In the case where a main partnership exists, it can be considered primary under a hierarchical structure. Other descriptions include nesting partner (i.e. a partner with whom you choose to live and create a home with) and anchor partner. In non-hierarchical structures, anchor partner is used as the equivalent to “primary”, given to a partner one deems a prominent or central figure in one’s life, but without assigning it a hierarchical classification.
An open relationship is an arrangement within a dyadic relationship where one or both partners are open to engaging intimately with others outside the confines of the primary relationship.
Most often, this approach gives permission to one or both partners to pursue sexual encounters outside the relationship if and when they arise. This model can also include occasionally inviting a third person into the dyadic dynamic for sexual threesomes or other casual group sex activities.
Compared to polyamory which tends to involve more commitment to ongoing relationships, open relationships typically lend themselves more often to trysts and casual sexual affairs. Romantic and/or affectionate connections can happen ethically under the terms of a given open relationship, however they seem to be less common.
Regardless of its iteration, open relationships tend to operate under the understanding that the dyadic relationship which has been opened is the primary relationship and takes precedence over any other engagement, indicating a hierarchy of importance.
Relationship anarchy is a relationship approach, typically non-hierarchical in nature, where the pre-set rules and expectations of conventional relationship models are not observed. The partners involved in the relationship structure determine what systems and structures suit them and their current needs. They agree upon and maintain them together.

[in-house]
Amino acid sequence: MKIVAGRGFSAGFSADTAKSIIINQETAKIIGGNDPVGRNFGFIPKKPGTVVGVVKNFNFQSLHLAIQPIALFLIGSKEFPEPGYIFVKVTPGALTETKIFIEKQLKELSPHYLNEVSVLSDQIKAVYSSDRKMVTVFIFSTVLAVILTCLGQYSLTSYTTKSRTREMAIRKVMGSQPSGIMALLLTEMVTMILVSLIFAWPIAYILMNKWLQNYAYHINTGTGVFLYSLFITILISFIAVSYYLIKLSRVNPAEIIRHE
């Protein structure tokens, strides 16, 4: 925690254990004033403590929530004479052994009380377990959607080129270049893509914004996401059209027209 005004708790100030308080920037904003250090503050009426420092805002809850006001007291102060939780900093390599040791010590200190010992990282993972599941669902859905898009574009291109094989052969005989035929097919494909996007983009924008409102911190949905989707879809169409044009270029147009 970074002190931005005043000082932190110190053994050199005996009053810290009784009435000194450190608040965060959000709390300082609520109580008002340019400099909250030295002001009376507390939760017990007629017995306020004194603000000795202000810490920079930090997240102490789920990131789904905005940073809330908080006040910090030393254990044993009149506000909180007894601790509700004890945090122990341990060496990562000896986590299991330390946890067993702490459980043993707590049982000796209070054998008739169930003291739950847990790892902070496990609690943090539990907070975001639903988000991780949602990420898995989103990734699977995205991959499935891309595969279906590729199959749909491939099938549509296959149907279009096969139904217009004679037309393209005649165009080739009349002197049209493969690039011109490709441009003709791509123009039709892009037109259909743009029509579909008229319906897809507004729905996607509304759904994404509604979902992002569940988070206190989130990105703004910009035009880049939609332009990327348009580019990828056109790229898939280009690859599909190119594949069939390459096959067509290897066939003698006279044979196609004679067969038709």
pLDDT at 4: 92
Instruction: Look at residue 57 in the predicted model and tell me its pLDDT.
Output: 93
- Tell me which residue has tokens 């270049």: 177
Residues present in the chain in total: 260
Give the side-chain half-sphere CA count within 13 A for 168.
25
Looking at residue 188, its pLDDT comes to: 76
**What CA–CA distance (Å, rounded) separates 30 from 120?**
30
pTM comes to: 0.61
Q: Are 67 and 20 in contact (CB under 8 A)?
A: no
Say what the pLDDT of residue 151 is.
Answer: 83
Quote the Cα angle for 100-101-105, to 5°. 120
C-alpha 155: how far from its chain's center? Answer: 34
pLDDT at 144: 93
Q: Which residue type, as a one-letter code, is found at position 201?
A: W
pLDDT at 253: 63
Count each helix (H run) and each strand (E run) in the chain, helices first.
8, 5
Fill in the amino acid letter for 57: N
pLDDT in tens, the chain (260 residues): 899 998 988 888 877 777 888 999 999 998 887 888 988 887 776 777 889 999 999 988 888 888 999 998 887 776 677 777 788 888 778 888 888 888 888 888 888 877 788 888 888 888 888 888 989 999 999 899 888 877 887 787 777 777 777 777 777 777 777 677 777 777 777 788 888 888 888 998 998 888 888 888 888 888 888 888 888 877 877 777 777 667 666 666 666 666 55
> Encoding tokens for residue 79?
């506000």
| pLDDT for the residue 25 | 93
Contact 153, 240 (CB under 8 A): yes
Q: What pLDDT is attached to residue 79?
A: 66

This structure tends to be non-hierarchical, in that a primary partnership does not take priority over any others. Everyone and all partnerships are considered equal and important in their own right. This philosophy carries through all important and intimate relationships, from close friendships to romantic and sexual connections.
If relationship anarchy prioritizes anything it is personal autonomy within and without any relationship.
Other types of ethical non-monogamy can include:
- Threesomes: When a primary couple brings in a third person to have sex with them, or three people agree to engage in consensual sexual activity.
- Triads or Throuples: When three people form a relationship together.
- Cuckolding: When a couple invites a third person in to have sex with one of them, typically while the other person. watches. Sometimes, also referred to as hotwifing or cuckqueaning depending on the configuration.
- Swinging: When a couple makes arrangements with another couple with the intention of trading or swapping their partners for the occasion.
- Polyfidelity: When a group of more than two people are all equal partners to other members of the group.
- Monogamish: A form of open relationship where a couple considers itself monogamous for all intents and purposes, however may occasionally engage in sexual activities with people outside their relationship under certain agreed upon circumstsances.
- Casual sex and/or dating: When someone dates and pursues sexual relationships, possibly with multiple people simultaneously, without the expectations of a romantic or committed relationship